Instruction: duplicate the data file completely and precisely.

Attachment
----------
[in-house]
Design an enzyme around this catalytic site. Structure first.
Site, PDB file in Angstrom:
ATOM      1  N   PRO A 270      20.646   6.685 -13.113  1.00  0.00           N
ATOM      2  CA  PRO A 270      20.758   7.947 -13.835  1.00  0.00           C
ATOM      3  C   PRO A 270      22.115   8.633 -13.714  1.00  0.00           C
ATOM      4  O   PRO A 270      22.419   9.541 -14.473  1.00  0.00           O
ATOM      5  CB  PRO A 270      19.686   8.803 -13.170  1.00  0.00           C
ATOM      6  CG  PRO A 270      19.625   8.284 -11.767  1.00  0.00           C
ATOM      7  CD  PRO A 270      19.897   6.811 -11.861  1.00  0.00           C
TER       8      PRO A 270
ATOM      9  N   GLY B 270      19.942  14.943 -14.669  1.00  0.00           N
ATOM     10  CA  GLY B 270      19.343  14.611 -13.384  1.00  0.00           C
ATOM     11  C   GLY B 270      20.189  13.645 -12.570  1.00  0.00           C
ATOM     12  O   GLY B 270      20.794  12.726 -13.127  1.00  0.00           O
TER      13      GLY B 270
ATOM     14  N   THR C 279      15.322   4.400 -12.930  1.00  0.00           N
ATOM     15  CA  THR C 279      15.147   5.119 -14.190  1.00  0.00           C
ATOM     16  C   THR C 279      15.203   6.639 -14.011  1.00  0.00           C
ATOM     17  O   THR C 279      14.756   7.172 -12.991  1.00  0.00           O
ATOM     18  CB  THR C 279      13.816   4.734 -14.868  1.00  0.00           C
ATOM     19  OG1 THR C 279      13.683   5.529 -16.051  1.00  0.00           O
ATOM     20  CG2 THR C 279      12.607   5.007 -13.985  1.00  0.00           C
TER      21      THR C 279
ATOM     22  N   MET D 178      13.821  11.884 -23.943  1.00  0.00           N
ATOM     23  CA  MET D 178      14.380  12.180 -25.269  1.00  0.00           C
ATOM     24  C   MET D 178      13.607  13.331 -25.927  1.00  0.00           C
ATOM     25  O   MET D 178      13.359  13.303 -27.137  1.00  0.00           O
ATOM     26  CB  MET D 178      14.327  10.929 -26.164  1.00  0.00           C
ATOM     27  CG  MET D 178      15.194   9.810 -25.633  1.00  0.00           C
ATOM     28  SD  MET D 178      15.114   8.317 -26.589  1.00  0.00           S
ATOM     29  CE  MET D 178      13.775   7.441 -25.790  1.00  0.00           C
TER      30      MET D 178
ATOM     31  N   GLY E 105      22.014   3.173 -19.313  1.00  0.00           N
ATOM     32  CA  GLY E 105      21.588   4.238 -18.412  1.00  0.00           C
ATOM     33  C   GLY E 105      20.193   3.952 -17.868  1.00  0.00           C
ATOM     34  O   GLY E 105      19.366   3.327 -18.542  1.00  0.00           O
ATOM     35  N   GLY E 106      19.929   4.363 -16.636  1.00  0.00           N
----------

[in-house]
Design an enzyme around this catalytic site. Structure first.
Site, PDB file in Angstrom:
ATOM      1  N   PRO A 270      20.646   6.685 -13.113  1.00  0.00           N
ATOM      2  CA  PRO A 270      20.758   7.947 -13.835  1.00  0.00           C
ATOM      3  C   PRO A 270      22.115   8.633 -13.714  1.00  0.00           C
ATOM      4  O   PRO A 270      22.419   9.541 -14.473  1.00  0.00           O
ATOM      5  CB  PRO A 270      19.686   8.803 -13.170  1.00  0.00           C
ATOM      6  CG  PRO A 270      19.625   8.284 -11.767  1.00  0.00           C
ATOM      7  CD  PRO A 270      19.897   6.811 -11.861  1.00  0.00           C
TER       8      PRO A 270
ATOM      9  N   GLY B 270      19.942  14.943 -14.669  1.00  0.00           N
ATOM     10  CA  GLY B 270      19.343  14.611 -13.384  1.00  0.00           C
ATOM     11  C   GLY B 270      20.189  13.645 -12.570  1.00  0.00           C
ATOM     12  O   GLY B 270      20.794  12.726 -13.127  1.00  0.00           O
TER      13      GLY B 270
ATOM     14  N   THR C 279      15.322   4.400 -12.930  1.00  0.00           N
ATOM     15  CA  THR C 279      15.147   5.119 -14.190  1.00  0.00           C
ATOM     16  C   THR C 279      15.203   6.639 -14.011  1.00  0.00           C
ATOM     17  O   THR C 279      14.756   7.172 -12.991  1.00  0.00           O
ATOM     18  CB  THR C 279      13.816   4.734 -14.868  1.00  0.00           C
ATOM     19  OG1 THR C 279      13.683   5.529 -16.051  1.00  0.00           O
ATOM     20  CG2 THR C 279      12.607   5.007 -13.985  1.00  0.00           C
TER      21      THR C 279
ATOM     22  N   MET D 178      13.821  11.884 -23.943  1.00  0.00           N
ATOM     23  CA  MET D 178      14.380  12.180 -25.269  1.00  0.00           C
ATOM     24  C   MET D 178      13.607  13.331 -25.927  1.00  0.00           C
ATOM     25  O   MET D 178      13.359  13.303 -27.137  1.00  0.00           O
ATOM     26  CB  MET D 178      14.327  10.929 -26.164  1.00  0.00           C
ATOM     27  CG  MET D 178      15.194   9.810 -25.633  1.00  0.00           C
ATOM     28  SD  MET D 178      15.114   8.317 -26.589  1.00  0.00           S
ATOM     29  CE  MET D 178      13.775   7.441 -25.790  1.00  0.00           C
TER      30      MET D 178
ATOM     31  N   GLY E 105      22.014   3.173 -19.313  1.00  0.00           N
ATOM     32  CA  GLY E 105      21.588   4.238 -18.412  1.00  0.00           C
ATOM     33  C   GLY E 105      20.193   3.952 -17.868  1.00  0.00           C
ATOM     34  O   GLY E 105      19.366   3.327 -18.542  1.00  0.00           O
ATOM     35  N   GLY E 106      19.929   4.363 -16.636  1.00  0.00           N